Realism has been built on the assumption that the phenomenon is built on fundamentals rather than on superficial (Zamora, & Faris, 1995). In addition, it has relativist epistemology and adapts the relist ontology which shows commitment to existence of reality (Maxwell, 2012). Relists have also made application of ecumenical approach. Therefore a lot of realists have coined their ideas and definitions around ontological realism integrated with epistemological constructivism. Therefore, acknowledging existence of phenomenon independently as well as recognising that the existence is perceived from own conceptualisation (Fox, 2008). The debates have been narrowing with some seeing realism as an advancement of positivism.
Position of Realism within Recent Research Debates
Debates about scientific realism are closely connected to almost everything else in the philosophy of science, for they concern the very nature of scientific knowledge. Scientific realism is a positive epistemic attitude toward the content of our best theories and models, recommending belief in both observable and unobservable aspects of the world described by the sciences. This epistemic attitude has important metaphysical and semantic dimensions, and these various commitments are contested by a number of rival epistemologies of science, known collectively as forms of scientific antirealism. In the 20th Cc that is filled with industrialisation, globalisation, and technological advancements, a lot of people have ignored the essence of realism. There has been a lot debated on realism especially with the raised level of ignorance in its applicability (Maxwell, 2012). For over 30 years, realism has been a philosophical foundational theory. However, there has been a lot of unresolved issues that realists have disagreed about. Some of the serious debates have been coined around having a real world, having realism as a main theory but due to divisions it has appeared as a minority theory, and interaction in world items. In addition, there has been conflicting debates as to where the realism theory is anchored and to which concepts it refer (Wiltshire, 2018).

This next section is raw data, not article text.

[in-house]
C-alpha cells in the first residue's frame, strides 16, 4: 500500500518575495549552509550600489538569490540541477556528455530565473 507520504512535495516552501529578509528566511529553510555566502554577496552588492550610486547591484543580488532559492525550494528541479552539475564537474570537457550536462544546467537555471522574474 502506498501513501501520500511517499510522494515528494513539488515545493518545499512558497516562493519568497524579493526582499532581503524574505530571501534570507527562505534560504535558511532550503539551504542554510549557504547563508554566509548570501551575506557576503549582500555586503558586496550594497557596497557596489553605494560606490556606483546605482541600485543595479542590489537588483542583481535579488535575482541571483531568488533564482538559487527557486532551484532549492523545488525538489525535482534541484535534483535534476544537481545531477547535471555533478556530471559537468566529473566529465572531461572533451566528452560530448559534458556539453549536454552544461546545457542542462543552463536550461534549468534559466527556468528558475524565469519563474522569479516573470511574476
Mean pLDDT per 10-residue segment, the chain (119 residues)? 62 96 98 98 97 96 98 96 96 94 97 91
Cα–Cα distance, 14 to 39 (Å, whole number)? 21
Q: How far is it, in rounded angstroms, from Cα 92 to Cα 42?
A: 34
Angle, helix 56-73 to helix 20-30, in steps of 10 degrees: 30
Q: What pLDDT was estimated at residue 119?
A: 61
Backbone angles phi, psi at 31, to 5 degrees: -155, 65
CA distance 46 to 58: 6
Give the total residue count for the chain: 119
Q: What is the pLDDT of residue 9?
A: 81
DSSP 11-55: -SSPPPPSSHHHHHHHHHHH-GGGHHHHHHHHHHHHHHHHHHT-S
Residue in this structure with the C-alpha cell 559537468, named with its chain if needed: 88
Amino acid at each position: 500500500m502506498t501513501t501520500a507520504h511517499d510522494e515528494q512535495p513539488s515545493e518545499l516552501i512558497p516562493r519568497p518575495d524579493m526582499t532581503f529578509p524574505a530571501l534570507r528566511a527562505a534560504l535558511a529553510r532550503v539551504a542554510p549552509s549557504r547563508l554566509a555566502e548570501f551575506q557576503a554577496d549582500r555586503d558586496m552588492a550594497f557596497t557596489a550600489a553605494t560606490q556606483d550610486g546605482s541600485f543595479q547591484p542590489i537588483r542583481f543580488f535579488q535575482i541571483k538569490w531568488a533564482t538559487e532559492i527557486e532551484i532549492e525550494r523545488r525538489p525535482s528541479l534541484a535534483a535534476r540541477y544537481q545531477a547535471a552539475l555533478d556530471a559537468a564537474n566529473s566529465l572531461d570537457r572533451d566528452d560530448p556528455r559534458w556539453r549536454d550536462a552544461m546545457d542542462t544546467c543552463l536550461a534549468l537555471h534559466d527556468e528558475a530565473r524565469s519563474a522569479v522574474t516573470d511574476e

The works of Roy Bhaskar on critical realists has been critiqued heavily and many researchers have taken bits of his review while criticizing other parts. Critical realism, experimental realism, and constructive and emergent realism have been the recant updates in the realism field. However, they all agree that phenomenon in the world could be debated about because there exists information asymmetry and thus the incompleteness creates room for use of realism (Danermark et.al, 1997; Howell, 2013).
Therefore, critical realists hold ontological perspective where they argue that there is a real world that exist independent of our perceptions (Llewellyn, 2017). They also recognise existence of epistemological constructivism arguing that understanding is developed from own reasoning (Howell, 2013). Therefore, there is no possibility of having one single understanding. In recent reviews realism approach has been widely accepted by the naïve realism and the constructivist. It has also been argued that all scientist lay their foundation under an epistemological view as well as building on ideology (Maxwell, 2012).